Amid the impending resolution that is expected to turn into law once U.S. President Donald Trump signed it into law, Comcast, AT&T, and Verizon, the three biggest broadband service providers reaffirmed their commitment to respecting customer privacy.
President Donald Trump has signed a bill into law that could allow internet providers to sell information about their customers' browsing habits.
Some Democrats in the House and Senate raised concerns about the fate of net neutrality during the internet privacy vote last month.
Lewis added, "These companies can also force Americans to pay to preserve their online data, as some companies have posited".
Of course, proponents of the FCC privacy rules - and there were many - were far from happy with the legislative result that Trump's signature sealed.
"If the government believes that location data is sensitive and requires more explicit consumer disclosures and permissions", he continued, "then those protections should apply to all players that have access to location data, whether an ISP or edge player or search engine".
"We want to stress that privacy tools are needed every day, not only during such moments - to protect yourself from ever-growing online security threats and increasing surveillance".
Chief privacy officer of Comcast clearly said they don't sell customer's individual web browsing history. By a 50-48 vote, Senate Republicans overturned internet privacy laws adopted by the Federal Communications Commission (FCC) in the last days of President Barack Obama's administration.
She continued: "The only people in the United States who want less internet privacy are CEOs and lobbyists for giant telecom companies, who want to rake-in money by spying on all of us and selling the private details of our lives to marketing companies".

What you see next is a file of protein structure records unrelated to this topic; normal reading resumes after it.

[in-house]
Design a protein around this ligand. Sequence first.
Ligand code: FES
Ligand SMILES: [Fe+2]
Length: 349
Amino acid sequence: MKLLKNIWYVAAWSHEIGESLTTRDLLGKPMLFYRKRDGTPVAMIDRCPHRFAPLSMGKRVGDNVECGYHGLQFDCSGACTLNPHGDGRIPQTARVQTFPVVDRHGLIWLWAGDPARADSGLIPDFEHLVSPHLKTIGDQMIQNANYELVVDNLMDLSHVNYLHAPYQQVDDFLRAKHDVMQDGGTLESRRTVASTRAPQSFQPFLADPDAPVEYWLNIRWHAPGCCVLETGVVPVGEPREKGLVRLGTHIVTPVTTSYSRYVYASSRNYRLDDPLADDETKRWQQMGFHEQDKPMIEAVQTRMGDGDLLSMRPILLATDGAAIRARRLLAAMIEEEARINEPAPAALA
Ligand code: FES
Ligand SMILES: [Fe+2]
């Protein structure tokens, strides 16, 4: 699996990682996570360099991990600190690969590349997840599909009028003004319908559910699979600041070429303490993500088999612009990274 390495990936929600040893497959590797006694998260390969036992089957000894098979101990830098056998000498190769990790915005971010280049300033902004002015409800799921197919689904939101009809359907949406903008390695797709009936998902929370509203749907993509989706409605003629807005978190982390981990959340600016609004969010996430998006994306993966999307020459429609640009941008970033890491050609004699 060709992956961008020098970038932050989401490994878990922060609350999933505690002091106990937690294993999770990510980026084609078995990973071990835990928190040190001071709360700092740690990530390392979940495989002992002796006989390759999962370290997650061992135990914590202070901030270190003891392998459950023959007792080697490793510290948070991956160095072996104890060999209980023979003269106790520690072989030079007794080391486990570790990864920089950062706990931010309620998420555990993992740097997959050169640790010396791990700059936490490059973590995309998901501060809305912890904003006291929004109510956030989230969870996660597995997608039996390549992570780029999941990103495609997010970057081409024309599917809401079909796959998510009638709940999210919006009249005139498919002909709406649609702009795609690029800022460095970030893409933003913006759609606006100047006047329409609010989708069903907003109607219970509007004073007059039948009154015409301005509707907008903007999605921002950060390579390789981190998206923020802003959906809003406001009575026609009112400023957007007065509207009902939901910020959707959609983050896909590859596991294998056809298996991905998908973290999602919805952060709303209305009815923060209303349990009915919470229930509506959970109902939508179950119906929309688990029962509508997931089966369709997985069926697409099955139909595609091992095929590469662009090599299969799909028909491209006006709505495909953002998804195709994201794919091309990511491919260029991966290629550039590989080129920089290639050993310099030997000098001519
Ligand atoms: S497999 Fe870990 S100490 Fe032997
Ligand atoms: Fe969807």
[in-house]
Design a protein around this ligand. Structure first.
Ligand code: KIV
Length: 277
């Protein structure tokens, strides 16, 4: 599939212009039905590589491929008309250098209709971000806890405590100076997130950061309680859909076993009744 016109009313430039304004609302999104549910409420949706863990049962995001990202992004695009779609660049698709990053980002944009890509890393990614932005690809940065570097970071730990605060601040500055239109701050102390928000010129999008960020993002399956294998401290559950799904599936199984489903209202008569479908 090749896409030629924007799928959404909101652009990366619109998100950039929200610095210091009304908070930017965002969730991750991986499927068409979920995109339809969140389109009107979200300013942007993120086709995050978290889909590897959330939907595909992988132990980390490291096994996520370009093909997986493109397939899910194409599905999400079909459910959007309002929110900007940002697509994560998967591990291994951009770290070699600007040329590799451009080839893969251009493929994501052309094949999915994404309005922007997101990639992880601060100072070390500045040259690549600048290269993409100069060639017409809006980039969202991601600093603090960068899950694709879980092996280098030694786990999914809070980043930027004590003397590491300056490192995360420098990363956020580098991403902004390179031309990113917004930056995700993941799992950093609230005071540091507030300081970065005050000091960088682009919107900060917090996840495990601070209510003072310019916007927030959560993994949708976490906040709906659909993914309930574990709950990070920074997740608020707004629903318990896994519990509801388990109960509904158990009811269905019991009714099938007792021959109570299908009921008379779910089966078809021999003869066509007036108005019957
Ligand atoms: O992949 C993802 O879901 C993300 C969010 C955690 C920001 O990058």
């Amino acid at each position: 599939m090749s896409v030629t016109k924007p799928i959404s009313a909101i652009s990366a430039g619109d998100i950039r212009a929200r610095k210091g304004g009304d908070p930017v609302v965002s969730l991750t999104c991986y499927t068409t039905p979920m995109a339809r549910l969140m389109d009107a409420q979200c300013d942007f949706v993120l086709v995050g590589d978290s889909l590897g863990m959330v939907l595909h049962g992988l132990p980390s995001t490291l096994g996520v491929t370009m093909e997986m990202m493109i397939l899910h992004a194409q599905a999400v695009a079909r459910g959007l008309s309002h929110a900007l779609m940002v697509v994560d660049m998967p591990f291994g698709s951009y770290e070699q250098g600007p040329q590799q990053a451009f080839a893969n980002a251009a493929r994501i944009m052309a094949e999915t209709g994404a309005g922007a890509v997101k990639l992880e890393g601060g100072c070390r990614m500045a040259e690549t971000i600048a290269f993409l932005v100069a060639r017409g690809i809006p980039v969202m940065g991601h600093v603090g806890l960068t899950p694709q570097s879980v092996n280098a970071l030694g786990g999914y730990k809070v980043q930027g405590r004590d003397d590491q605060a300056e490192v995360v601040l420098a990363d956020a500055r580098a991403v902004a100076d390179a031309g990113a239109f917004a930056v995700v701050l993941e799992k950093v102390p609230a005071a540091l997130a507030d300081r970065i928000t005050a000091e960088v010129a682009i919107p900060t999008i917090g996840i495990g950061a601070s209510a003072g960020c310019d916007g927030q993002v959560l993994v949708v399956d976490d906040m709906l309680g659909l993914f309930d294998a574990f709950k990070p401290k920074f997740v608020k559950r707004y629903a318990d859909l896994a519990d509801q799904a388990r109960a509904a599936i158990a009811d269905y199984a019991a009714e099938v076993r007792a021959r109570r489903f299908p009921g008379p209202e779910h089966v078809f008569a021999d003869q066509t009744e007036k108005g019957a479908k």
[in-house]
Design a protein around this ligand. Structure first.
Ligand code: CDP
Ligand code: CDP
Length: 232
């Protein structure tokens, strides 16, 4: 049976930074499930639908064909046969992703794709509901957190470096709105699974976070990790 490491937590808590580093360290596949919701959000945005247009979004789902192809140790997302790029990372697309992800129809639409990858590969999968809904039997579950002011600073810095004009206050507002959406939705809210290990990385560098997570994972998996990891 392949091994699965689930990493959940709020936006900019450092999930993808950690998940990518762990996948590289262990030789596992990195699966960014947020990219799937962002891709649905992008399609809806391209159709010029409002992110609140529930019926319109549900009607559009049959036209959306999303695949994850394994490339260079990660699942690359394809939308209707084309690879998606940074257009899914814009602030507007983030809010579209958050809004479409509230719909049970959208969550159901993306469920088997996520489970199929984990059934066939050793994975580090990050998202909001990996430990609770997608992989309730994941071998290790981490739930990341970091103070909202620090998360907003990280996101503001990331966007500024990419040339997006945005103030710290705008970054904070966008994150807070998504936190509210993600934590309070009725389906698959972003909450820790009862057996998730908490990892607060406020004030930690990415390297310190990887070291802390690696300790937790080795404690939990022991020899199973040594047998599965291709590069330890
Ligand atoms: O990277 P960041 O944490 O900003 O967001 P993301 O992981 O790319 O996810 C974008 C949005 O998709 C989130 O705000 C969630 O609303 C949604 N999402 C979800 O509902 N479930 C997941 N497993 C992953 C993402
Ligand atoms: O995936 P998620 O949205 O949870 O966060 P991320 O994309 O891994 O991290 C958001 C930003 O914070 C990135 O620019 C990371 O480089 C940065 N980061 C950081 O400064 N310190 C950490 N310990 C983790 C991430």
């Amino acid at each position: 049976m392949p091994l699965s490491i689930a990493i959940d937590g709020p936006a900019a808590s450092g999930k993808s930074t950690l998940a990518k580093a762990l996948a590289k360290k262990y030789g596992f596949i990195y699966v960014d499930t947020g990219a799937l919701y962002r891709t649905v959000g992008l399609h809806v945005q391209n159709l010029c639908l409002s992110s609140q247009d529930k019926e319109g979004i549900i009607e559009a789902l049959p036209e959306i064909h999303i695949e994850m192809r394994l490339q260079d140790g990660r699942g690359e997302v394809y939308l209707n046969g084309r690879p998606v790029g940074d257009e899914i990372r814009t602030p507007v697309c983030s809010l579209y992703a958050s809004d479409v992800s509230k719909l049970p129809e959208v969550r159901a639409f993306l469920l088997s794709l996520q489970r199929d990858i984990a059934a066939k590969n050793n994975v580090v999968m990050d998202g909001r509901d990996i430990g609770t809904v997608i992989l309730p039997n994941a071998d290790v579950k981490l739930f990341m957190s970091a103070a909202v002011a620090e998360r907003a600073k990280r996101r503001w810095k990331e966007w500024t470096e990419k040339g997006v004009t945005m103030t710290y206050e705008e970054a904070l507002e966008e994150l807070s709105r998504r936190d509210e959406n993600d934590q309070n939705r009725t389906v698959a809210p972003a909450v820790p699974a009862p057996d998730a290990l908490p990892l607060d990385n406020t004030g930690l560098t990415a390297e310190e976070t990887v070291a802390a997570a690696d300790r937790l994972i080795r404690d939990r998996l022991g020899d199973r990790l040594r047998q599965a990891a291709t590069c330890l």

The Electronic Frontier Foundation says the House vote ends a "decades long legal tradition that your communications provider is never allowed to monetize your personal information without asking for your permission first". However, according to the argument by the Republicans on the House floor, the rules were confusing and unfair for the Internet providers.
The flip side to that argument is that Internet users can choose whether or not to use services that share and sell their data. Almost a dozen CRA resolutions have gone to the President for signing in just the last few weeks. That information would be particularly useful for advertisers and marketers.
Mr Pai and other Republicans want a different national agency, the Federal Trade Commission, to police privacy for both broadband companies like AT&T and internet companies like Google.